(CNSNews.com)-- In an effort to protect the environment, Austin,Texas passed an ordinance banning single-use plastic bags in 2013.
However, a recent review concludes that Austin’s bag ban has backfired, creating more negative effects on the environment than the plastic bags it outlawed.
“Beginning March 1, 2013, no person may provide single-use carryout bags at any City facility, City-sponsored event, or any event held on City property,” the ordinance reads. “Beginning March 1, 2013, a business establishment within the City limits may not provide single-use carryout bags to its customers or to any person.”
Two years after the bag ban was implemented, the city asked the Austin Resource Recovery group to investigate its effectiveness. Their June 10 report, written by Aaron Waters, states that while the ban was successful in lowering the amount of single-use plastic bags made from high-density polyethylene in city landfills, it was actually worse for the environment overall.
“The amount of single use plastic bags has been reduced, both in count and by weight,” Waters states. “However, in their place, the larger 4 mil [4/1,000ths of an inch] bags have replaced them as the go to standard when the reusable bag is left at home. This reusable plastic bag, along with the paper bag, has a very high carbon footprint compared to the single use bag.”
The 4 mil reusable bags are often made from non-recycled low-density polyethylene and require more resources to manufacture than the single-use bags, Waters explained. Many of the heavier gauge 4 mil bags are also shipped from overseas, which increases their carbon footprint compared to the single-use bags.
Waters also reported that the ordinance increases costs for both consumers and retailers. Consumers are spending more money purchasing reusable bags and some businesses are losing customers due to the ordinance.
For example, a Here Everything’s Better (HEB) grocery store within Austin city limits must adhere to the ordinance. However, it is surrounded by neighboring towns that have no such restrictions.
“The close proximity of the other grocery stores has proven problematic for the HEB in this area of Austin, as they have reported that upon the implementation of the Single Use Bag Ordinance, this store lost between $60,000 to $70,000 per week in revenue as a result of customers choosing to shop at a store which would provide single use bags,” Waters reports.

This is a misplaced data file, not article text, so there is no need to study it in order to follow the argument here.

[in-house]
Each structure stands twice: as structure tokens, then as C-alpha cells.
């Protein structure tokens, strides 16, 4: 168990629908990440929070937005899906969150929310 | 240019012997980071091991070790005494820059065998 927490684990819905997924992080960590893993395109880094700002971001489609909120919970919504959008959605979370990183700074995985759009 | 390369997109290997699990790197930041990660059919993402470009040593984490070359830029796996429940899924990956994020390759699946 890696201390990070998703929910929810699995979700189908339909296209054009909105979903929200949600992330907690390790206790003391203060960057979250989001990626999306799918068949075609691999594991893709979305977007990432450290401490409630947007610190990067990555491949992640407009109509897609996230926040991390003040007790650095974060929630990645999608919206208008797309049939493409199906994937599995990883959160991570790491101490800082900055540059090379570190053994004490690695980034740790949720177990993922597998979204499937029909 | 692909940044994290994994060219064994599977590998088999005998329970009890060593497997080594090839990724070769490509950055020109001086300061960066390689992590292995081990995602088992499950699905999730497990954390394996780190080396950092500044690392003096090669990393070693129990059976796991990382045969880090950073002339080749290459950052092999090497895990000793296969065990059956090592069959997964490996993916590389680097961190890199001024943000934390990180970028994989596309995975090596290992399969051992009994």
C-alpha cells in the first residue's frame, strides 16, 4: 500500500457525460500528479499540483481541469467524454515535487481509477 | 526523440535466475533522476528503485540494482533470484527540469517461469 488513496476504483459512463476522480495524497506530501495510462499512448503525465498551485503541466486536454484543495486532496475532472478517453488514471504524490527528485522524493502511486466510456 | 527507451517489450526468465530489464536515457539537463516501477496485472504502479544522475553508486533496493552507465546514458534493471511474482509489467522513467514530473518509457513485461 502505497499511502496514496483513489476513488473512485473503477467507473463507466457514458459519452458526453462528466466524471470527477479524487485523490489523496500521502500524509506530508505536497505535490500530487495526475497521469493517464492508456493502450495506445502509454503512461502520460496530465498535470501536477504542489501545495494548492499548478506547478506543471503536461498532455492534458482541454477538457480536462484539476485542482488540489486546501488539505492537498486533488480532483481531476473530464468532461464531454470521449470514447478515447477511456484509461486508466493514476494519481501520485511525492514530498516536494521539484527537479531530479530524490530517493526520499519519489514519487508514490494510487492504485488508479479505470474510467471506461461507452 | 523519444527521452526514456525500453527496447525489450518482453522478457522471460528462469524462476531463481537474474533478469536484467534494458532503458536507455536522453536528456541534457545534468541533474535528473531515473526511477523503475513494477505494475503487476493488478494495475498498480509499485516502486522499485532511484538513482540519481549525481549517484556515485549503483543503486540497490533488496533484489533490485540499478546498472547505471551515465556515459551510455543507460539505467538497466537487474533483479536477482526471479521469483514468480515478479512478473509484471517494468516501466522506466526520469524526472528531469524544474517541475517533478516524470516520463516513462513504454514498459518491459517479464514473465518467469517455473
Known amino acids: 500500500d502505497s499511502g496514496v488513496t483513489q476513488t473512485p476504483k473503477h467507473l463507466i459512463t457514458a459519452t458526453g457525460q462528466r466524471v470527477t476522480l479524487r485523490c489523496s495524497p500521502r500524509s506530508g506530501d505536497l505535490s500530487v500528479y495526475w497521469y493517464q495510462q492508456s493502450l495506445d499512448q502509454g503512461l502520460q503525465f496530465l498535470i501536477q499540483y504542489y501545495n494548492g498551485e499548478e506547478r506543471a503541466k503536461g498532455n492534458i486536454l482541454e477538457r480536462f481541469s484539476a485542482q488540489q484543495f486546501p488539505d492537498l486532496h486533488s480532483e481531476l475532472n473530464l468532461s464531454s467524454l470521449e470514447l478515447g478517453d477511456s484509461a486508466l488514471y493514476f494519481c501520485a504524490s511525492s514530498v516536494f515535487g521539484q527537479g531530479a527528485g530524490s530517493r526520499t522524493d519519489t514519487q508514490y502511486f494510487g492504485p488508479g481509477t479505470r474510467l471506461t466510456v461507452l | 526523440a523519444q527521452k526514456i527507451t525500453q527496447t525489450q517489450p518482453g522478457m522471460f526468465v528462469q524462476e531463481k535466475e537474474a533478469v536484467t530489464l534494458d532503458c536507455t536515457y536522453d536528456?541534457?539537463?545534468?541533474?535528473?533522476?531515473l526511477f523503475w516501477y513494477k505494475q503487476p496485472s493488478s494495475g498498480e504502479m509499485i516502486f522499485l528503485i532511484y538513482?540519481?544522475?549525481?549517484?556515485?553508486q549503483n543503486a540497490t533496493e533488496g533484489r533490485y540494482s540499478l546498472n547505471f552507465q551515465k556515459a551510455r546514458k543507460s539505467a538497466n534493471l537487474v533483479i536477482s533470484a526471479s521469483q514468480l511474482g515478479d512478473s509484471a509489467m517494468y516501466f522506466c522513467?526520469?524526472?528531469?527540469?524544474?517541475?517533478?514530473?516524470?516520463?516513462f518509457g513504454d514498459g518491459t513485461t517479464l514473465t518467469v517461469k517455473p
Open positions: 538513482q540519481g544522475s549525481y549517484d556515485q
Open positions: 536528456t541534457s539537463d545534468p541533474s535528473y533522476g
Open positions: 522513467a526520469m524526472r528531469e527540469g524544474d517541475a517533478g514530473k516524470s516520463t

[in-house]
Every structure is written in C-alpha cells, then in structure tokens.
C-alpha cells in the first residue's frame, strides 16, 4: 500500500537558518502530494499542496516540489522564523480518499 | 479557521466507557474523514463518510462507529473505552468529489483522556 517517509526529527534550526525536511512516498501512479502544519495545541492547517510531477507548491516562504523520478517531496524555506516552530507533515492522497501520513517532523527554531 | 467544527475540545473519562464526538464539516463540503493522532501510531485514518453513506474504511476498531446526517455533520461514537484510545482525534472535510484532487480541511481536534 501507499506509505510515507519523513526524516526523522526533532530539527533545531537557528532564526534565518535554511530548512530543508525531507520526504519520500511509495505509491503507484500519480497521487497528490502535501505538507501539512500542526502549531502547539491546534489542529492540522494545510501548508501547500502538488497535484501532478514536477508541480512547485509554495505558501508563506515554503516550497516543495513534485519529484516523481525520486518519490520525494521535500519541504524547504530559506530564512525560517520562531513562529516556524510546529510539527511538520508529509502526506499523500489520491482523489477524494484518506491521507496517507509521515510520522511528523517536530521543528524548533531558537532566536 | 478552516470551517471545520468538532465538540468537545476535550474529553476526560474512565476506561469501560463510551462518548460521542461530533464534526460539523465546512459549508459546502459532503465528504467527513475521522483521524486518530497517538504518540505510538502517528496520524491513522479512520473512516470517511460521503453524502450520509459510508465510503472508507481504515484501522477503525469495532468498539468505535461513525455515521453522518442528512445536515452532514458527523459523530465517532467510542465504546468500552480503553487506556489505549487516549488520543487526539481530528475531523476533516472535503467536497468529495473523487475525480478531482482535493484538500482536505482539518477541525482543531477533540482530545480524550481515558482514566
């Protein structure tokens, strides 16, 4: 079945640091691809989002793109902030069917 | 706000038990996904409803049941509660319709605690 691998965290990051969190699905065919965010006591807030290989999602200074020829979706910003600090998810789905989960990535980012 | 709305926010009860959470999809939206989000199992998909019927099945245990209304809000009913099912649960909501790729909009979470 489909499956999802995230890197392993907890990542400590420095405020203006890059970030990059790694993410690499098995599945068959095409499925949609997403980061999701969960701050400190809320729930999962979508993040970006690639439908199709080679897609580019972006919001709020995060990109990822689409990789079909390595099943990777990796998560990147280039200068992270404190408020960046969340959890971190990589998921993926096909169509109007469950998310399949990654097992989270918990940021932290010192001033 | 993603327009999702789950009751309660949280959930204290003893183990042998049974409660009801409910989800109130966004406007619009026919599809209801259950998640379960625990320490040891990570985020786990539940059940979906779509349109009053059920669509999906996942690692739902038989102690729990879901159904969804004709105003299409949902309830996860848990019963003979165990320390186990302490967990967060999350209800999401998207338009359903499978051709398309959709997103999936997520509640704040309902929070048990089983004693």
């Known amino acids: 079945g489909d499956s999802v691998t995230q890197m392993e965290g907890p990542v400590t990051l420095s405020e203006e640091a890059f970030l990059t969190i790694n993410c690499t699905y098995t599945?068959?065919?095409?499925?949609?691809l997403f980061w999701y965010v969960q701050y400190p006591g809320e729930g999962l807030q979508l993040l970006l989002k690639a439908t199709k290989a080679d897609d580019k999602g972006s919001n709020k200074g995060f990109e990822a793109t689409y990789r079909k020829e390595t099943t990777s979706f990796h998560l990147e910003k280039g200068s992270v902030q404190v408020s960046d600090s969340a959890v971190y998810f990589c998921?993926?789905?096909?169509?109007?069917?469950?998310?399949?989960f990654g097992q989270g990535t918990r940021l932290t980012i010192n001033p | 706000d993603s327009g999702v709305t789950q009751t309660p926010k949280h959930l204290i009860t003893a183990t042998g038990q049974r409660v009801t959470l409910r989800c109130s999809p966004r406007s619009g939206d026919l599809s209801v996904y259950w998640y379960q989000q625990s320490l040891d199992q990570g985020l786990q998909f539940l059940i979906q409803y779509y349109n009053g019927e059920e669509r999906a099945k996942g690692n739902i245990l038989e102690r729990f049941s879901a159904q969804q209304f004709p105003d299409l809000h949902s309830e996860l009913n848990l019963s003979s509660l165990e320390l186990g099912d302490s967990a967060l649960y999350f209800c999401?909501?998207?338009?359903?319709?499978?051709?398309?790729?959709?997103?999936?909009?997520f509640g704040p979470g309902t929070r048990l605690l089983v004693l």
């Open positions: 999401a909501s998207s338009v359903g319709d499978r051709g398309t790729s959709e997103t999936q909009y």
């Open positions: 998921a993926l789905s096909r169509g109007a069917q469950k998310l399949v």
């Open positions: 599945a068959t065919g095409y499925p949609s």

Waters recommended that the city eliminate the 4 mil reusable bags, educate consumers on recycling, and encourage surrounding areas to ban plastic bags as well.
There has been some backlash within Texas in the nine jurisdictions that currently have some type of bag ban.The Texas Retailers Association initially sued Austin over its bag ordinance, but later dropped the case. However, earlier this month the Dallas City Council voted to repeal its plastic bag ordinance after a group of bag manufactures filed a similar lawsuit.
Then-Texas Attorney General Greg Abbott also argued that state law prohibits local governments from enacting such ordinances, which have been passed in nearly 200 cities and towns in 17 states. A ban on plastic bags was first imposed at the state level in California.
“Texas is being Californianized and you may not even be noticing it,” now Governor Greg Abbott said earlier this year. “It’s being done at the city level with bag bans, fracking bans, tree-cutting bans. We’re forming a patchwork quilt of bans and rules and regulations that is eroding the Texas model.”
A June 2014 report by the Reason Foundation also found that “for the main environmental effects of concern—i.e. non-renewable energy consumption, water consumption and greenhouse gas emissions—HDPE [ high-density polyethylene] plastic bags are superior to the alternative options currently available….
“Advocates of restrictions on plastic bags frequently assert that their preferred option is for people to use reusable bags. When the impact of washing such bags is taken into account, the environmental effect of such bags is likely worse than HDPE plastic bags—especially in places such as California where fresh water is relatively scarce.”